• Moderate to severe ulcerative colitis (adult and pediatric).
  • Patients who have not responded well to conventional therapies.
Biosimilar Name (Indications*): Inflectra​®
  • Moderate to severe Crohn’s disease (adult), and fistulizing Crohn’s.
  • Moderate to severe ulcerative colitis (adult).
  • Method of Administration: IV*
Biosimilar Name (Indications*): Renflexis®
  • Moderate to severe Crohn’s disease (adult and pediatric), and fistulizing Crohn’s.
  • Moderate to severe ulcerative colitis (adult and pediatric).
  • Method of Administration: IV*

Drug Name: Golimumab 

Biologic Name (Indications*): Simponi®
  • Moderate to severe colitis (adults).
  • Used when conventional medicines have not worked or cannot be tolerated, or in patients who have demonstrated steroid dependence.
  • Method of Administration: SC*
Biosimilar Name (Indications*): N/A

α4 β7 Integrin Blockers

Drug Name: Vedolizumab

Biologic Name (Indications*): Entyvio​®
  • Moderate to severe Crohn’s disease and colitis (adults).
  • Used when conventional medicines have not worked well or cannot be tolerated, and in patients who have not had satisfactory response with infliximab.
  • Method of Administration: IV*
Biosimilar Name (Indications*): N/A

Antibody to the p40 subunit of IL-12 and IL-23

Drug Name: Ustekinumab

Biologic Name Treatment (Indications*): Stelara®
  • Moderate to severe Crohn’s disease (adults).
  • Used when conventional therapies have not worked or cannot be tolerated, or in patients who have failed or were intolerant to treatment with one or more TNF blockers.
  • Method of Administration: First dose by IV. Subsequent doses by SC.*
Biosimilar Name Treatment (Indications*): N/A


  • Indications may vary between originator and biosimilar drug. Product monographs provide detailed descriptions of indications for each drug listed in the table.
  • Subcutaneous injection (SC): A short needle is inserted into the layer of tissue between the skin and the muscle.
  • Intravenous injection (IV): A needle or tube is used to insert the drug directly into a vein.

Need more information?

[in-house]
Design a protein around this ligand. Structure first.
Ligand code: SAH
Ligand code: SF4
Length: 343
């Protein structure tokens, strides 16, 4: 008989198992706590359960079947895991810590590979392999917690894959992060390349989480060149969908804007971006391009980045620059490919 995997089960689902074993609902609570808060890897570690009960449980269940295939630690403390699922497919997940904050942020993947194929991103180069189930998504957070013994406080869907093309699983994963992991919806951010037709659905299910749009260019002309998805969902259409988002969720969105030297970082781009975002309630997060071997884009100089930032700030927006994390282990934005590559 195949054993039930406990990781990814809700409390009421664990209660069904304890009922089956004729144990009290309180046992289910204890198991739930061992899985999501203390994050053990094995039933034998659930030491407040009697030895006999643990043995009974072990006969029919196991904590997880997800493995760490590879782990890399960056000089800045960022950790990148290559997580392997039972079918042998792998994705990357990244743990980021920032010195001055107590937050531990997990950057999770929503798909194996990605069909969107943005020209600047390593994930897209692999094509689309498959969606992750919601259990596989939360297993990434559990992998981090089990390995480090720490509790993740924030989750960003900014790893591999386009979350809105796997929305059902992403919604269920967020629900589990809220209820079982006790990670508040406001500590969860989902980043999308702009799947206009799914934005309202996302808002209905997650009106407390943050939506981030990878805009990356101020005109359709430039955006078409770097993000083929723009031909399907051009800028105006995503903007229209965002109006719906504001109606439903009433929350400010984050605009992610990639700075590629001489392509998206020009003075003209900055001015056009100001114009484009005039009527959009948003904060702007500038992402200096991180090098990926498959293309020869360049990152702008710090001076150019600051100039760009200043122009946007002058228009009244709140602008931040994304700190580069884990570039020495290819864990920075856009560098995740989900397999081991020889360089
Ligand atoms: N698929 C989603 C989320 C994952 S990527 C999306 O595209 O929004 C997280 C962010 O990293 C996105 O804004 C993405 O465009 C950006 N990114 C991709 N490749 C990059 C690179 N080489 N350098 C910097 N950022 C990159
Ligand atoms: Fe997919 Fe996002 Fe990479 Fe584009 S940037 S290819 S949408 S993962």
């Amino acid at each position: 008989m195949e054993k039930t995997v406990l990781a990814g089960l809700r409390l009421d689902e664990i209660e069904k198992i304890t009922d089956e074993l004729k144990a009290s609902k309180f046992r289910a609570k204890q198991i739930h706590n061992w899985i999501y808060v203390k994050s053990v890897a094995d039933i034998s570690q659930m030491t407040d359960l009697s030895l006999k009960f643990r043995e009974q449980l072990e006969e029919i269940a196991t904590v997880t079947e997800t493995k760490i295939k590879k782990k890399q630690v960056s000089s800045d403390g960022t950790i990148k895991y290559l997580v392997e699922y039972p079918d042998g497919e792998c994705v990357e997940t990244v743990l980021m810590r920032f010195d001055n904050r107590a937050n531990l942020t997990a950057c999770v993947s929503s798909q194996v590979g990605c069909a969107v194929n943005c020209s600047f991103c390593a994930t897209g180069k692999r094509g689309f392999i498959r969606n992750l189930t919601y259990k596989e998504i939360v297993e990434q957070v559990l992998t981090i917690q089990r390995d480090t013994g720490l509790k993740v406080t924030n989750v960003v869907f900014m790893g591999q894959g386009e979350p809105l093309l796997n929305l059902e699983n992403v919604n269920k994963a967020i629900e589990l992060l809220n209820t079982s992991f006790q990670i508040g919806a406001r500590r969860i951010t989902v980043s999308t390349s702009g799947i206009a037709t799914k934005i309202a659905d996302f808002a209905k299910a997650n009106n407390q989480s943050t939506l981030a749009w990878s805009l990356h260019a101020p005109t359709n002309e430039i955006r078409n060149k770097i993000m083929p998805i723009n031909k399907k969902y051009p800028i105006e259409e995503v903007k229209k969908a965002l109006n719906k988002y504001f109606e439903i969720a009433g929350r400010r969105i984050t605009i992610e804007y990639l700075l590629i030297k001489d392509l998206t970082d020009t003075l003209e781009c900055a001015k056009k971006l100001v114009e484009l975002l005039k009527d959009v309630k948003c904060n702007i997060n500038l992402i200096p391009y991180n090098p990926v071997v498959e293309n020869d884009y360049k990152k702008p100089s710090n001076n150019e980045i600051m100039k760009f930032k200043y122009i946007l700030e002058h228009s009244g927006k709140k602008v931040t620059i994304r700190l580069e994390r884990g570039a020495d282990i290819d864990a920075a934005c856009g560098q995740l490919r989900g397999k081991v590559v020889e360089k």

Click on the drug name below to download a PDF of the product monograph: Humira, Remicade, InflectraRenflexisSimponiEntyvioStelara

A comparison chart PDF of the above Biologics and Biosimilars is also available for download Here.


Typically, if a patient has a prescription for a small molecule medication, a pharmacist is authorized to substitute a generic version without consulting with the patient’s physician. This is called interchangeability. The provincial health ministries decide whether to require interchangeability in their respective provinces. 

Some provincial governments are implementing or considering implementing interchangeable policies with biologics. It is the position of Crohn’s and Colitis Canada that decisions about switching from a biologic to a biosimilar should be made by the physician and patient in consultation. Learn more about our legal/ethics review, evidence review, and position statement.

We think that treatment decisions should be made between you and your doctor. Policy change made at the expense of your health is not okay. If you agree, take part in our letter-writing campaign to let your local government representative know how you feel!


Individuals doing well on a biologic innovator drug should be aware of the risks and benefits of substituting the innovator drug with its biosimilar. Because biologics are ‘foreign’ proteins that were not produced by the patient’s own genes, the body can develop antibodies to the biologic over time. This immune response is called immunogenicity. Once antibodies to a biologic are formed by a patient’s body, the biologic may stop working or cause an allergic-like reaction. Whether immunogenicity is made more likely by switching among biologics and biosimilars remains unclear. Some researchers believe that there is sufficient clinical evidence to suggest that switching does not increase or accelerate immunogenicity while others believe that more rigorous clinical studies are required. 

LEARN MORE ABOUT BIOTHERAPIES for crohn's and colitis

Read our factsheet for more information about biosimilars and non-medical switch in Canada

Click on the video below to learn from experts in the field about biologic and biosimilar treatment options which have recently been made available.

To learn more about biologic and biosimilar medications for Crohn's and colitis, download or order a copy of our brochure

Click here for an information sheet about biologic and biosimilar medications, developed by the Gastrointestinal Society of Canada in collaboration with Crohn’s and Colitis Canada.

  • Canada has among the highest incidence rates of Crohn's and colitis in the world.
  • 1 in 140 Canadians lives with Crohn’s or colitis.
  • Families new to Canada are developing these diseases for the first time.
  • Incidence of Crohn’s in Canadian kids under 10 has doubled since 1995.
  • People are most commonly diagnosed before age 30.